- Nobody's Patsy:

HOLLYWOOD - Patsy Kensit continues to feel the impact of her performance in the small, independent film, "Twenty-One," which won her raves at the USA Film Festival last spring.

Last week, she started shooting "Prince of Shadows" in Madrid, Spain, starring opposite Terence Stamp. The Spanish production has Kensit as a nightclub singer caught up in political intrigue in Franco's postwar Spain in the early 1960s. Pilar Miro directs.

And Kensit has just signed to co-star with Dudley Moore and Robert Griffith ("Withnail & I") in Disney's "Blame It on the Bellboy." The ensemble comedy from producer Steve Abbott ("A Fish Called Wanda") is still being cast, and is due to begin shooting next month.

After "Lethal Weapon 2," in which she played Mel Gibson's ill-fated love interest, Kensit returned to her native England, appearing in several European films. Then she read director and co-writer Don Boyd's script for "Twenty-One," the amorous adventures of a young woman who confides intimate monologues directly into the camera.

"I realized it was a change of direction for me, a role I really wanted to do," she says. "It was very frank, very honest, something a studio would never make. There are not that many good roles for actresses. This was a once in a lifetime part."

It led directly to Disney's "Bellboy" offer, she says - and other offers keep coming in.

When she took the "Twenty-One" role, she says, "I never expected in my wildest dreams that this would happen." - JOHN M. WILSON

- Striking It `Rich':

HOLLYWOOD - Kids and high concepts continue to sell: Screenwriter John Hill has just been paid $300,000 for "Rich Kid" - which, he acknowledges, is so high concept it might as well be dubbed " `Home Alone' meets `Die Hard.' "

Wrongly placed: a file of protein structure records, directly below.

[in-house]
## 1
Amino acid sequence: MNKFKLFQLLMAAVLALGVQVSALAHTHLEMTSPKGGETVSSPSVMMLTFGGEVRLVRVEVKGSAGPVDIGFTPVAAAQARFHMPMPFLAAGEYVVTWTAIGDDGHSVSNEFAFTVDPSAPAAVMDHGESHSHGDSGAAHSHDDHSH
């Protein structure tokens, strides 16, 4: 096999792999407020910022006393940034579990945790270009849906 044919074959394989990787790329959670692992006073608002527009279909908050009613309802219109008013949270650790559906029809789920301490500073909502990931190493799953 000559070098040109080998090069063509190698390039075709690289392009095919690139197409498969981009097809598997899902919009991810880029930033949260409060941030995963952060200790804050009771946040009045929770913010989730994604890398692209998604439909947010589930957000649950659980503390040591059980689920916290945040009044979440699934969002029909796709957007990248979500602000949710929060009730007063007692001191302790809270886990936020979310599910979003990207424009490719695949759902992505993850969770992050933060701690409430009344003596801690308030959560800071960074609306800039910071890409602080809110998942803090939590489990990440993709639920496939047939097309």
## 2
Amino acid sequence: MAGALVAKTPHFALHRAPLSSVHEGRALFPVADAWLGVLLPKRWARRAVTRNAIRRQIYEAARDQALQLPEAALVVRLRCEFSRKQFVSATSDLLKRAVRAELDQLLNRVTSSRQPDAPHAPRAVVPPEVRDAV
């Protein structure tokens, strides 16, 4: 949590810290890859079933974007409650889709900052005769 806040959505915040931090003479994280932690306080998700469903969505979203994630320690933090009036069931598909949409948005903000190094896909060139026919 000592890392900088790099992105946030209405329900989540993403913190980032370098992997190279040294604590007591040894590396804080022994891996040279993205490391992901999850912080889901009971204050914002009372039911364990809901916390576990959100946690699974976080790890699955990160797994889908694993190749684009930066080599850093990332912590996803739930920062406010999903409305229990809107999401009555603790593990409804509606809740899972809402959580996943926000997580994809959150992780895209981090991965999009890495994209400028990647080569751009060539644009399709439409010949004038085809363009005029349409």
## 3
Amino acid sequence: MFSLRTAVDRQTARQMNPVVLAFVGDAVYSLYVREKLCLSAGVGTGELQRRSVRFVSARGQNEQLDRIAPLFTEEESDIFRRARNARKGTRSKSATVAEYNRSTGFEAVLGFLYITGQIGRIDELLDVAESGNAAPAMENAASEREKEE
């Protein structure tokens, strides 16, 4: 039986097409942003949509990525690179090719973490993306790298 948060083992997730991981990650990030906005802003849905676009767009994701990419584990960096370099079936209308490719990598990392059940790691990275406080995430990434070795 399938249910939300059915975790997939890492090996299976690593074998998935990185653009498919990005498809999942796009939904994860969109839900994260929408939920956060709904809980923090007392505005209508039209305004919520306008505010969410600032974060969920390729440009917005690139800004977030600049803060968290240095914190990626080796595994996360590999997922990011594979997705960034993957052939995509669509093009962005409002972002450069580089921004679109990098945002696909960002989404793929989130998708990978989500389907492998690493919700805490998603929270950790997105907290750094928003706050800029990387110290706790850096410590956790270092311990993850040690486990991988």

The project, says Hill, "is a kind of `Captains Courageous' for the '90s" - all about a youngster who finds himself caught up in "adventurous jeopardy."

For producer Steve Tisch, and Warner Bros., it is Hill's biggest sale yet (he got $250,000 for "Quigley Down Under"). He credits his longtime agent Norman Kurland for generating interest in the project.

Hill programmed assorted film "formulas" into his computer - for example, kid comedies and heavy action shoot-'em-ups - and mixed and matched various plot devices until he came up with the best combination for his scenario.

"But the (computer) organization is just a small part," he adds. "You still have to create characters and heart and story."

The central character of "Rich Kid" happens to be about 10 years of age.

Deadpans Hill: "Gee, I don't know who could play that part."

Macaulay Culkin, call your agent! - PAT H. BROESKE

- The Movie Chart:

Films going into production:

GRAND CANYON (20th Century Fox). Shooting in Los Angeles. Lawrence Kasdan writes (with wife Meg) and directs this look at the harshness of the urban life and how a simple act of kindness can transform people's lives. Producers Kasdan, Charles Okun and Michael Grillo. Stars Danny Glover, Kevin Kline, Steve Martin, Mary McDonnell, Mary Louise Parker and Alfre Woodard.

THE LAST DAYS OF EDEN (Cinergi Productions-Hollywood Pictures). Shooting in Mexico. "The Hunt for Red October" director, John McTiernan, teams "October" star Sean Connery with "GoodFellas' " Lorraine Bracco in this look at a love story set in the South American rain forests. Connery is also executive producer. Producers Andy Vajna, Tom Schulman and Donna Dubrow. Screenwriter Schulman. Distributor Buena Vista.

THE ANGRY GUY (Film Brigade). Shooting in Los Angeles. Comedian Steve Oedekerk is a writer of children's books who spends an entire day ranting and fuming in his apartment. His rage is suddenly punctuated by a voice that tells him to expect something significant to occur at precisely 8 p.m. Executive producer Vladimir Horunzhy. Producer Rubin Mendoza. Director Roger Nygard. Screenwriters Oedekerk and Robert Kuhn. Also stars Toni Sawyer, Tom Wilson ("Back to the Future's" Biff), Ed Williams, Denise Crosby and Fred Willard. -DAVID PECCHIA